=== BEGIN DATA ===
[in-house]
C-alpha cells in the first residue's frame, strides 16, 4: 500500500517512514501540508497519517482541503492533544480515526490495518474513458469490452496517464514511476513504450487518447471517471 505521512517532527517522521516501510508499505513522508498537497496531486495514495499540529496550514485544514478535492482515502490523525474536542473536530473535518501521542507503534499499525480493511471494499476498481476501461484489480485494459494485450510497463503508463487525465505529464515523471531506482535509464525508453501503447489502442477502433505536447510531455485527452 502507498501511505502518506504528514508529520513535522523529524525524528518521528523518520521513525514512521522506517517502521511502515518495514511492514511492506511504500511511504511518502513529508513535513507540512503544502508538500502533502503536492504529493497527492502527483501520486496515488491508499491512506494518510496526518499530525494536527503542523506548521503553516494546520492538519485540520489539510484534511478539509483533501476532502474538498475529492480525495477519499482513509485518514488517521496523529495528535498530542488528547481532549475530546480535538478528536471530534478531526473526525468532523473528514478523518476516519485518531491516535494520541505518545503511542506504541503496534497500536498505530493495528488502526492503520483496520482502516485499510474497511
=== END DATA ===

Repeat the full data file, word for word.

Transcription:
[in-house]
C-alpha cells in the first residue's frame, strides 16, 4: 500500500517512514501540508497519517482541503492533544480515526490495518474513458469490452496517464514511476513504450487518447471517471 505521512517532527517522521516501510508499505513522508498537497496531486495514495499540529496550514485544514478535492482515502490523525474536542473536530473535518501521542507503534499499525480493511471494499476498481476501461484489480485494459494485450510497463503508463487525465505529464515523471531506482535509464525508453501503447489502442477502433505536447510531455485527452 502507498501511505502518506504528514508529520513535522523529524525524528518521528523518520521513525514512521522506517517502521511502515518495514511492514511492506511504500511511504511518502513529508513535513507540512503544502508538500502533502503536492504529493497527492502527483501520486496515488491508499491512506494518510496526518499530525494536527503542523506548521503553516494546520492538519485540520489539510484534511478539509483533501476532502474538498475529492480525495477519499482513509485518514488517521496523529495528535498530542488528547481532549475530546480535538478528536471530534478531526473526525468532523473528514478523518476516519485518531491516535494520541505518545503511542506504541503496534497500536498505530493495528488502526492503520483496520482502516485499510474497511